Skyggen: I personally never plan in which direction the music will go when I compose it. It just happens, period. It has a lot to do with feelings, moods, experiences and everything that inspires me at the time. You’ve probably noticed that the music on Katabasis is pretty dark, filled with negative energies and currents and that’s what reflects my personality or artistic soul if you want to call it that way. To me an important part of this band is that it’s kind of a vent for my possessions and obsessions. It’s probably better way both for me and my environment that I manage to channel it through the medium which to me is Tortorum, than to spend time in prison, a mental institution, or some other place of such kind. At least for now…
Jason: Was your approach to the writing the same as it was for the first album, or did your approach change as you were working on it?
Skyggen: Extinctionist was a more wilder and raw album I’d say, while Katabasis contains a way wider perspective of how our vision of this music actually is. It’s a way more spiritual, atmospheric, deeper and personal album than the debut was. As mentioned above, all these changes happened pretty naturally, it just had to be this way. I was working on the musical side of Katabasis with the new spirit named Specter, who joined us on guitar last year and who brought some fresh blood with him. It was quite important change when it comes to how the album came out. Barghest wrote the best possible lyrics/incantations and his vocal approach developed quite a lot since Extinctionist. His work is just tremendous on this album in my opinion.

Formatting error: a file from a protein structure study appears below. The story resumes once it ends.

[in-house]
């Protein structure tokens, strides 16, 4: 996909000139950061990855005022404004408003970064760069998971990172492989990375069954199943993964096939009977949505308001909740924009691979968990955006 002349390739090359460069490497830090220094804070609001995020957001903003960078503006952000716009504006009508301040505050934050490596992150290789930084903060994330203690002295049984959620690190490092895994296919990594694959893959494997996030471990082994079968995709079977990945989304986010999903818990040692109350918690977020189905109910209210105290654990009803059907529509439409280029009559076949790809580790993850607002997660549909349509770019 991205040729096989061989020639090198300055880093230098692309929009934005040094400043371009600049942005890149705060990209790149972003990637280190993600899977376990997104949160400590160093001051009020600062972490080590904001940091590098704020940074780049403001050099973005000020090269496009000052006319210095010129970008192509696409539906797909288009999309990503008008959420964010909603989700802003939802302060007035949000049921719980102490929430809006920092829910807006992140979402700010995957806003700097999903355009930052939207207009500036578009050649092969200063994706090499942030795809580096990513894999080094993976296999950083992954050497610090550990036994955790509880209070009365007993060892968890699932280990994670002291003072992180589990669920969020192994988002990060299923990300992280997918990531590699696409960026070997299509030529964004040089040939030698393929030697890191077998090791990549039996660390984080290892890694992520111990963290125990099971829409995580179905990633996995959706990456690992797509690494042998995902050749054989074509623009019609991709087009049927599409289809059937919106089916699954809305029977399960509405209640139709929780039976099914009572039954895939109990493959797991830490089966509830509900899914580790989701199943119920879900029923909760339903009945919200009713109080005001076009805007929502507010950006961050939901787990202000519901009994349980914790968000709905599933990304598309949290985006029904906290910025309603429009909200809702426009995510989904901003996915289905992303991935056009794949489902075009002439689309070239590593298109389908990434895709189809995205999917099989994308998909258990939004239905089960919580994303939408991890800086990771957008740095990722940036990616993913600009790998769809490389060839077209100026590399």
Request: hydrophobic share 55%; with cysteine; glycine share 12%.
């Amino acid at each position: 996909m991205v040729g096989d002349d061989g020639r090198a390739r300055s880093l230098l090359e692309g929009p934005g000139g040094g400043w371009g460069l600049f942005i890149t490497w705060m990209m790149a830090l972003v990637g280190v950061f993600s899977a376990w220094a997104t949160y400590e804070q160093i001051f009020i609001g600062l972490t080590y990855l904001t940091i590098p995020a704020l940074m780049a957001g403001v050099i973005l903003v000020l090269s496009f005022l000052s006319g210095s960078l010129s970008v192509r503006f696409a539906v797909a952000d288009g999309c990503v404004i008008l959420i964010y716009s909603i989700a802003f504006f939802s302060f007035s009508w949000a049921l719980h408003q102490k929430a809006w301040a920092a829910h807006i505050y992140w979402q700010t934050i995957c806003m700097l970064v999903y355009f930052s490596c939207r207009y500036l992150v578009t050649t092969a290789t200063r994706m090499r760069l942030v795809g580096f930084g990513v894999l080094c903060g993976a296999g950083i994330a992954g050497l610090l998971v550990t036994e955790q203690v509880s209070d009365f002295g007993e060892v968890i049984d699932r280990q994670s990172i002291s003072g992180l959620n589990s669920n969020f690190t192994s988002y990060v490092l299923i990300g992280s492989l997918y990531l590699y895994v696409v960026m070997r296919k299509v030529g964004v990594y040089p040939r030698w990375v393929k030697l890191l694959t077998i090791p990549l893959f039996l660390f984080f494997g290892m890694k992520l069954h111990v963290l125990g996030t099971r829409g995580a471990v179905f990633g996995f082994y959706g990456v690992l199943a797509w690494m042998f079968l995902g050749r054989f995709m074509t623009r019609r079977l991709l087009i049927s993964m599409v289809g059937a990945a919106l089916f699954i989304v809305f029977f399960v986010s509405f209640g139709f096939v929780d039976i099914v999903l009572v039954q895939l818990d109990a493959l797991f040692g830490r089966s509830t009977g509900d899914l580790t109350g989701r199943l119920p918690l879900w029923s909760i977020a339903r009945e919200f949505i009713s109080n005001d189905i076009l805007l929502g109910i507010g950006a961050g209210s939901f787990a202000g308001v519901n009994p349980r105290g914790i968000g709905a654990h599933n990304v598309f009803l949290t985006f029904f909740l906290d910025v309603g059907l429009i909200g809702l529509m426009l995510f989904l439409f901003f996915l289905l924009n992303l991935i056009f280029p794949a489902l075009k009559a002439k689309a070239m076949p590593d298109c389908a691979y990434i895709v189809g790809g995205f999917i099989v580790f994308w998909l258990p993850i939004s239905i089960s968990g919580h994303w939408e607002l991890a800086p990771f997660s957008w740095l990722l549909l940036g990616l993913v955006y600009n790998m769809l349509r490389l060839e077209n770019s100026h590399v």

Jason: Can you tell us about the album title, what it means to you and what inspired it?
Barghest: “Katabasis” is Greek for a descent or a down-going. During the Katabasis period a lot of images, words, voices, sounds, presences were made manifest to me. One of the words was “Katabasis” – a word that made its presence known to me quite early on in the album process. For me “Katabasis” means (and meant) ritual death, a descent into the abyss, transformation, a risk of life and the physical-mental body for the sake of otherworldly knowledge – the knowledge of the dead. At least for me…
Jason: Is there a lyrical or conceptual theme across the album?